At the Center for Immunoengineering engineers, chemists, physicists, computational scientists and immunologists come together to collaboratively understand how the immune system works and find breakthrough solutions to improve the lives of patients suffering from cancer, infectious diseases (e.g. HIV, tuberculosis, hepatitis, polio etc.), autoimmune and inflammatory disorders (e.g. diabetes, lupus, multiple sclerosis, arthritis, fibrosis, asthma etc.) as well as those undergoing regenerative therapies (e.g. organ transplantation, spinal cord injury, bone and cartilage repair etc.).
The Georgia Center for Medical Robotics (GCMR) brings together people with expertise in several areas of medicine as well as technology development from the nano-scale to macro-scale. GCMR is highly interdisciplinary, comprised of people from the Georgia Institute of Technology, Emory University, Children’s Healthcare of Atlanta (CHOA), and Morehouse School of Medicine. One of its unique features is that it addresses the needs of both adult and pediatric populations. GCMR serves as a catalyst to advance research in medical robotics and form new research partnerships. GCMR is involved in a wide variety of research areas, including but not limited to: surgical robotics, pediatric robotics, image-guided interventions, imaging, rehabilitation and assistive robotics, prosthetics, human augmentation, and diagnostics and therapeutics spanning different length scales.
This Georgia Institute of Technology research center will develop processes and techniques for ensuring the consistent, low-cost, large-scale manufacture of high-quality living cells used in cell-based therapies. The therapies will be used for a variety of disorders such as cancer, lung fibrosis, autism, neuro-degenerative diseases, autoimmune disorders and spinal-cord injury – as well as in regenerative medicine. The work of the Center will help provide standardized production and quality testing for these living cells, which have great therapeutic potential. Standardized manufacturing techniques already exist for drug-based pharmaceuticals; the new center will help provide similar methods and standards for manufacturing therapeutic cells. Expected to be the first of its kind in the United States, the center will include a validation facility for good manufacturing practices in cell production.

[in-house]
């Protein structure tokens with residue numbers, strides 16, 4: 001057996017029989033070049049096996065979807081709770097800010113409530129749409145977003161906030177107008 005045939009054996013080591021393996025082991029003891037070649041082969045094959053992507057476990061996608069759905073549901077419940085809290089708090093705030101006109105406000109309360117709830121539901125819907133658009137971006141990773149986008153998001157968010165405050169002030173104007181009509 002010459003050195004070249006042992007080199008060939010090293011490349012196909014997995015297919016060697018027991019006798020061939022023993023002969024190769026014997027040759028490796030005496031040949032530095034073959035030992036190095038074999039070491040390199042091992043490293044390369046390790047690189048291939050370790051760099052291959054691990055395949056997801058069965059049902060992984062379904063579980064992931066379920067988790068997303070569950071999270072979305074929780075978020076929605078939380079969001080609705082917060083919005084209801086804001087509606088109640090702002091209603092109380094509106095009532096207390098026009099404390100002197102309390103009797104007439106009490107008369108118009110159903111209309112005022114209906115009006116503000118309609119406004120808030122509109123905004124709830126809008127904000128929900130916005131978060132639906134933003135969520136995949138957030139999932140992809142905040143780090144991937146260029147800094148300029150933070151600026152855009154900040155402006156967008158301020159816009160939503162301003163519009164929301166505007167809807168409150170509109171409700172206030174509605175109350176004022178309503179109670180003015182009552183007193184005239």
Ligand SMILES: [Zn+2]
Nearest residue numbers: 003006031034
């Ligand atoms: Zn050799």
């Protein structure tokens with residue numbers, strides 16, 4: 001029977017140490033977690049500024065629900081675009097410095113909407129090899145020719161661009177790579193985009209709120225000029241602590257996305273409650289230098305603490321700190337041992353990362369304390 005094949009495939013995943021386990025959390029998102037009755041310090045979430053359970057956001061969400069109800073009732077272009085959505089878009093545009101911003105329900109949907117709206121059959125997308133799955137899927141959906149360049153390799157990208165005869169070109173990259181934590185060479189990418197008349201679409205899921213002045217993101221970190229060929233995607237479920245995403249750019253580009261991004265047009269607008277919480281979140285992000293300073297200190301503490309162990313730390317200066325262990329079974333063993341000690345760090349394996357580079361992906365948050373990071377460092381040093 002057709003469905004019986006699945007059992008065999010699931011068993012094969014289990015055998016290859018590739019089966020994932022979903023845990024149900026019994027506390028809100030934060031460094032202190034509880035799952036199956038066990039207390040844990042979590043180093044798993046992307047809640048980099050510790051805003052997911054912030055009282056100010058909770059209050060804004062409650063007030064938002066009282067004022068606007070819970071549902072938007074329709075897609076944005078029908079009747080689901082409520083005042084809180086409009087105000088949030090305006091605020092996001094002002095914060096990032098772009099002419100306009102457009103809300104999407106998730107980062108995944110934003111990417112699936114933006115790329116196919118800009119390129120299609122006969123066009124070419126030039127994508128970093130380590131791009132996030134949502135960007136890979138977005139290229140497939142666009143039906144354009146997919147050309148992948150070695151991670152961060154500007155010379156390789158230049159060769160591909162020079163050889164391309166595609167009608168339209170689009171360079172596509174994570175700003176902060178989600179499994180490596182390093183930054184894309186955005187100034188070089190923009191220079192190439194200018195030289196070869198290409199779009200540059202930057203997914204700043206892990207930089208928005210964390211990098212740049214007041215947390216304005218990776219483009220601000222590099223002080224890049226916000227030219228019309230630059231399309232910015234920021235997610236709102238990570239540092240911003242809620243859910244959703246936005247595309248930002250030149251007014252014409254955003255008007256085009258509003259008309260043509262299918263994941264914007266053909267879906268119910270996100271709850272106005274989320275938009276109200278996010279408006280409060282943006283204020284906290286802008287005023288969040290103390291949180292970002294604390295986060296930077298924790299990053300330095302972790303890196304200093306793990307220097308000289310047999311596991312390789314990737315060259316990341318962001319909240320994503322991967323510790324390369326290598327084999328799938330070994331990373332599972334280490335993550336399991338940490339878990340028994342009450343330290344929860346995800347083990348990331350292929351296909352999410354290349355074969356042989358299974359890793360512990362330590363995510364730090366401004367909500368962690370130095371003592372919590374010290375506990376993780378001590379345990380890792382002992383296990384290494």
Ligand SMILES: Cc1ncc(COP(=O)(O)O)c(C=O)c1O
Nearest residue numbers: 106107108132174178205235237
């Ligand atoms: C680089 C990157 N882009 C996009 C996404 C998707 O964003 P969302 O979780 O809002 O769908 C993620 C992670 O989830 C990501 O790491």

The Nanomedicine Center for Nucleoprotein Machines is supported by the US National Institutes of Health Common Fund. It is one of the four multi-institutional Nanomedicine Development Centers.
There are an estimated 10,000 human single-gene disorders, which impose a significant burden on human health worldwide. The 5-year goals of this NDC are to develop a clinically applicable gene correction technology to treat single-gene disorders, and to demonstrate the efficacy of this approach in treating sickle cell disease (SCD) using a mouse model.
The Neural Engineering Center develops cutting-edge science and technology for measuring, understanding, modifying, and stimulating neural activity. There is a critical need for novel collaborative integration between researchers developing interfacing technologies and those advancing our scientific understanding of brain and nervous system function. Applications of these technologies span advancing understanding of neural function to translational methods that improve clinical outcomes.